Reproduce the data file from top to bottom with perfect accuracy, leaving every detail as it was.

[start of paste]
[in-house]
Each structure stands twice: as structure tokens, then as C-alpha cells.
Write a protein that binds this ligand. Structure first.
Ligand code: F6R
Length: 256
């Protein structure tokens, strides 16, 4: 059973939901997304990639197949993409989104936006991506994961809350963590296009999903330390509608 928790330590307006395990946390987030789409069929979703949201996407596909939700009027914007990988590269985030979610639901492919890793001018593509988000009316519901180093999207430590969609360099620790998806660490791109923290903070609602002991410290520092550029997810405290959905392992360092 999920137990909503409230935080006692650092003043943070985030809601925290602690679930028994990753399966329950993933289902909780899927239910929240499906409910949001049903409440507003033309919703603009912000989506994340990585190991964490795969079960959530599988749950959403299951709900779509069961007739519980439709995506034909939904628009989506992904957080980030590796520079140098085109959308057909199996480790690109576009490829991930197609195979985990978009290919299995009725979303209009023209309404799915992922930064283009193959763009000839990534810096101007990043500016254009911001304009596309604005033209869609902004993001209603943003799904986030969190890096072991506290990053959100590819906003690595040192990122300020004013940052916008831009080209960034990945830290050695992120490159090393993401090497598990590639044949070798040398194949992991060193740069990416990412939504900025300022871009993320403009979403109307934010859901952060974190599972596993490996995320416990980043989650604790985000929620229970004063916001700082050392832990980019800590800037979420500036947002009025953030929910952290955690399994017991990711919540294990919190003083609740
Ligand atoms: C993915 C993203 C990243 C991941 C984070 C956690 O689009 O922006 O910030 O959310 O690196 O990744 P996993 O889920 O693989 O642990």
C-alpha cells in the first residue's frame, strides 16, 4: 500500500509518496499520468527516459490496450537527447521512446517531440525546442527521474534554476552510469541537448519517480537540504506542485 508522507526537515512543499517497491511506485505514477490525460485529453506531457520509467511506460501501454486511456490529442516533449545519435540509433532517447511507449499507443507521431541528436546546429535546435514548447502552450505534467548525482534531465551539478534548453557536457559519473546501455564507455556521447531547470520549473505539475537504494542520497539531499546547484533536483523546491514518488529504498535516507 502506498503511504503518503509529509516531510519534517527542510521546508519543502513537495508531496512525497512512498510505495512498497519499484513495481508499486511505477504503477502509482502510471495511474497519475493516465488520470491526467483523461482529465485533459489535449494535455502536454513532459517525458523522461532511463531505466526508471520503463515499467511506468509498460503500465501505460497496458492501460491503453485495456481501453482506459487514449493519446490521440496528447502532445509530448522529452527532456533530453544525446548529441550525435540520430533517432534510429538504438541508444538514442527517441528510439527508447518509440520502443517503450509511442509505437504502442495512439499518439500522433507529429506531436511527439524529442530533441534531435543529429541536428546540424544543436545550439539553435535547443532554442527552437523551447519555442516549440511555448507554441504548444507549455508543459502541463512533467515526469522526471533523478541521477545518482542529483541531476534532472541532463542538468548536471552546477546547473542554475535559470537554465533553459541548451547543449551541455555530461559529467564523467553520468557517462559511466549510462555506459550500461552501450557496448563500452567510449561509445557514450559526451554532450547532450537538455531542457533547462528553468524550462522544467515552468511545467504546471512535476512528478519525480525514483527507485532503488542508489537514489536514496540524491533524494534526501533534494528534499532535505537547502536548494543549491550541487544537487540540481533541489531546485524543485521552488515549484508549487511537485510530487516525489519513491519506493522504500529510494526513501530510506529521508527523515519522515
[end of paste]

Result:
[in-house]
Each structure stands twice: as structure tokens, then as C-alpha cells.
Write a protein that binds this ligand. Structure first.
Ligand code: F6R
Length: 256
């Protein structure tokens, strides 16, 4: 059973939901997304990639197949993409989104936006991506994961809350963590296009999903330390509608 928790330590307006395990946390987030789409069929979703949201996407596909939700009027914007990988590269985030979610639901492919890793001018593509988000009316519901180093999207430590969609360099620790998806660490791109923290903070609602002991410290520092550029997810405290959905392992360092 999920137990909503409230935080006692650092003043943070985030809601925290602690679930028994990753399966329950993933289902909780899927239910929240499906409910949001049903409440507003033309919703603009912000989506994340990585190991964490795969079960959530599988749950959403299951709900779509069961007739519980439709995506034909939904628009989506992904957080980030590796520079140098085109959308057909199996480790690109576009490829991930197609195979985990978009290919299995009725979303209009023209309404799915992922930064283009193959763009000839990534810096101007990043500016254009911001304009596309604005033209869609902004993001209603943003799904986030969190890096072991506290990053959100590819906003690595040192990122300020004013940052916008831009080209960034990945830290050695992120490159090393993401090497598990590639044949070798040398194949992991060193740069990416990412939504900025300022871009993320403009979403109307934010859901952060974190599972596993490996995320416990980043989650604790985000929620229970004063916001700082050392832990980019800590800037979420500036947002009025953030929910952290955690399994017991990711919540294990919190003083609740
Ligand atoms: C993915 C993203 C990243 C991941 C984070 C956690 O689009 O922006 O910030 O959310 O690196 O990744 P996993 O889920 O693989 O642990």
C-alpha cells in the first residue's frame, strides 16, 4: 500500500509518496499520468527516459490496450537527447521512446517531440525546442527521474534554476552510469541537448519517480537540504506542485 508522507526537515512543499517497491511506485505514477490525460485529453506531457520509467511506460501501454486511456490529442516533449545519435540509433532517447511507449499507443507521431541528436546546429535546435514548447502552450505534467548525482534531465551539478534548453557536457559519473546501455564507455556521447531547470520549473505539475537504494542520497539531499546547484533536483523546491514518488529504498535516507 502506498503511504503518503509529509516531510519534517527542510521546508519543502513537495508531496512525497512512498510505495512498497519499484513495481508499486511505477504503477502509482502510471495511474497519475493516465488520470491526467483523461482529465485533459489535449494535455502536454513532459517525458523522461532511463531505466526508471520503463515499467511506468509498460503500465501505460497496458492501460491503453485495456481501453482506459487514449493519446490521440496528447502532445509530448522529452527532456533530453544525446548529441550525435540520430533517432534510429538504438541508444538514442527517441528510439527508447518509440520502443517503450509511442509505437504502442495512439499518439500522433507529429506531436511527439524529442530533441534531435543529429541536428546540424544543436545550439539553435535547443532554442527552437523551447519555442516549440511555448507554441504548444507549455508543459502541463512533467515526469522526471533523478541521477545518482542529483541531476534532472541532463542538468548536471552546477546547473542554475535559470537554465533553459541548451547543449551541455555530461559529467564523467553520468557517462559511466549510462555506459550500461552501450557496448563500452567510449561509445557514450559526451554532450547532450537538455531542457533547462528553468524550462522544467515552468511545467504546471512535476512528478519525480525514483527507485532503488542508489537514489536514496540524491533524494534526501533534494528534499532535505537547502536548494543549491550541487544537487540540481533541489531546485524543485521552488515549484508549487511537485510530487516525489519513491519506493522504500529510494526513501530510506529521508527523515519522515